Abstract

Dual-comb (DC) ranging is an established method for high-precision and high-accuracy distance measurements. It is, however, restricted by an inherent length ambiguity and the requirement for complex control loops for comb stabilization. Here, we present a simple approach for expanding the ambiguity-free measurement length of DC ranging by exploiting the intrinsic intensity modulation of a single-cavity dual-color DC for simultaneous time-of-flight and DC distance measurements. This measurement approach enables the measurement of distances up to several hundred kilometers with the precision and accuracy of a DC interferometric setup while providing a high data acquisition rate ($\approx\! 2 \;{\rm{kHz}}$) and requiring only the repetition rate of one of the combs to be stabilized.

Published by The Optical Society under the terms of the Creative Commons Attribution 4.0 License. Further distribution of this work must maintain attribution to the author(s) and the published article's title, journal citation, and DOI.

Recent progress in automation and metrology in various fields of application such as industrial robotics or autonomous transportation has led to an increasing demand for precise, fast, robust, and inexpensive ranging technologies that are applicable outside the laboratory frame.

Interferometric distance-measurement techniques based on homodyne or heterodyne detection offer high precision [1]. In their most basic form, however, they require continuous tracking and unidirectional motion of the target to clearly interpret relative phase changes during the measurement. Otherwise, absolute measurements can only be obtained modulo the ambiguity-free range given by $\lambda /2$, where $\lambda$ is the optical wavelength. Alternatively, these ambiguity limitations can be overcome by using modulated or pulsed light. In these so-called time-of-flight (TOF) measurements, the distance is measured by analyzing the temporal delay between the pulse coming back from the target and the pulse that has travelled along a known reference path [2,3]. However, such systems typically lack the high resolution of an interferometric system.

Since their invention in the late 1990s, optical frequency combs (OFCs) have become an indispensable tool in optical metrology [3,4]. Initially used for counting the cycles of optical clocks, they quickly revolutionized many other fields, including applications in spectroscopy and ranging [5]. Various ranging methods based on OFCs have been reported so far, including optical cross correlation [6], synthetic-wavelength interferometry [7], and multiple wavelengths referenced to a stabilized comb [8], among others.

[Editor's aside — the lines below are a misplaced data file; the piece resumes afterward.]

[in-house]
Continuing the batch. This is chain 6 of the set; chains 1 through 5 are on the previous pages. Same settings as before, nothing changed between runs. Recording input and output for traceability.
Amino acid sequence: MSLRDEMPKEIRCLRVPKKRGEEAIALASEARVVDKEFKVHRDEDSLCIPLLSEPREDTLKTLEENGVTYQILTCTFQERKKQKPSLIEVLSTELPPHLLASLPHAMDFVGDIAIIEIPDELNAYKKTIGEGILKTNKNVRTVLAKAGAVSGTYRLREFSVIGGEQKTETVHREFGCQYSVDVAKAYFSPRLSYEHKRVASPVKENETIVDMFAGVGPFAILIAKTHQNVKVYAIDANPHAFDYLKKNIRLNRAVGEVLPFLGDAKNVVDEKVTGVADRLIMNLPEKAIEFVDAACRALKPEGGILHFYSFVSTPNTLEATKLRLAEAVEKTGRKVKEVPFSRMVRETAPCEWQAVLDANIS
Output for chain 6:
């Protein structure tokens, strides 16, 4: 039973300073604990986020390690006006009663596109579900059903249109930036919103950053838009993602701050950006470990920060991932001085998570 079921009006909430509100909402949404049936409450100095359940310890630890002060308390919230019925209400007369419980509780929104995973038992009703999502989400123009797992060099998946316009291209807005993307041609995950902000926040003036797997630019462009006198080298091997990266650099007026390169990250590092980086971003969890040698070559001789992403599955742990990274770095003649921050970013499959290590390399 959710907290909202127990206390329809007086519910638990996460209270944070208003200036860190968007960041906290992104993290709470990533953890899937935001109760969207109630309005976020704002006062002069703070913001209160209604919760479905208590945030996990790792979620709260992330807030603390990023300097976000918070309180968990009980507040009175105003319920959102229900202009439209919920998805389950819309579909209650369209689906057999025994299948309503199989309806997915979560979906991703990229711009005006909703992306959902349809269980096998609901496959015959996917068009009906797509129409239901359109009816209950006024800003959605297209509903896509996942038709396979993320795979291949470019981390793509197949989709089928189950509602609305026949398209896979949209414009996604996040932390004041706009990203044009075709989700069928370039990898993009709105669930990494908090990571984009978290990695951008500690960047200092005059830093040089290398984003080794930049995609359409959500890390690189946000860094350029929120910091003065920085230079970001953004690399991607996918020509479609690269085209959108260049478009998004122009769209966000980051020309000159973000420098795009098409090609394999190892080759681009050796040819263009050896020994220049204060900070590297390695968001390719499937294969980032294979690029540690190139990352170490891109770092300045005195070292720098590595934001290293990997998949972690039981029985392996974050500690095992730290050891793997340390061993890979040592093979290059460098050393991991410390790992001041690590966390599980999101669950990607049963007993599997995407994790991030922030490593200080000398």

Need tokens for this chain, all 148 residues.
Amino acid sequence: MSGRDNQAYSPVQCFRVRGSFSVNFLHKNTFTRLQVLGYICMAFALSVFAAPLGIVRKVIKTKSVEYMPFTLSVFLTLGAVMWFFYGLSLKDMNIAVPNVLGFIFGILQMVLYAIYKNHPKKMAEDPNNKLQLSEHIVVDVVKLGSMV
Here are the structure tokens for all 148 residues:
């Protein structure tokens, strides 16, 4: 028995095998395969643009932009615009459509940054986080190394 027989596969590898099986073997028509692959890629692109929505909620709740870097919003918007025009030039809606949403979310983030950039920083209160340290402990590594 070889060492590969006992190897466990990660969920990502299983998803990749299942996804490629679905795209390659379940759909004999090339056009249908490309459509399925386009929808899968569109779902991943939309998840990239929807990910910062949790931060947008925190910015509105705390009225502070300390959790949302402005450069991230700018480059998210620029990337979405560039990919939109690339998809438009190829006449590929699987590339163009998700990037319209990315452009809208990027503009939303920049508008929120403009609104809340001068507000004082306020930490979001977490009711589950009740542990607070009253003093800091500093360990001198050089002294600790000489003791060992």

Dual-comb (DC) ranging systems [9] enable an ambiguity-free measurement range of $c\!/\!{f_{{\rm{rep}}}}$ (typically a few meters) in a single measurement via analysis of the beating signal between two OFCs with slightly different repetition rates, i.e., different frequency spacings of the comb lines. A first comb is sent along a known reference path and along a signal path. At the end of both paths, the light is reflected back. The signal and reference reflections are sampled with a second comb. By evaluating the temporal shift of the respective interferograms, the precision of the established TOF technique is improved by a factor of $\frac{{{f_{{{{\rm rep},2}}}}}}{{\Delta {f_{{\rm{rep}}}}}}$ [9]. Here, ${f_{{{{\rm rep},2}}}}$ is the repetition rate of the comb used for the remote sensing, and $\Delta {f_{{\rm{rep}}}}$ is the difference to the repetition rate ${f_{{\rm{rep,1}}}}$ of the local reference comb. As these systems depend on a complex light source (two phase-stable frequency combs), different methods have been presented to simplify them while further improving their accuracy and precision [1012]. Via additional evaluation of the interferogram carrier phases, for example, it is possible to achieve wavelength resolution. A detailed review on the DC ranging technique is provided by Zhu et al. [13].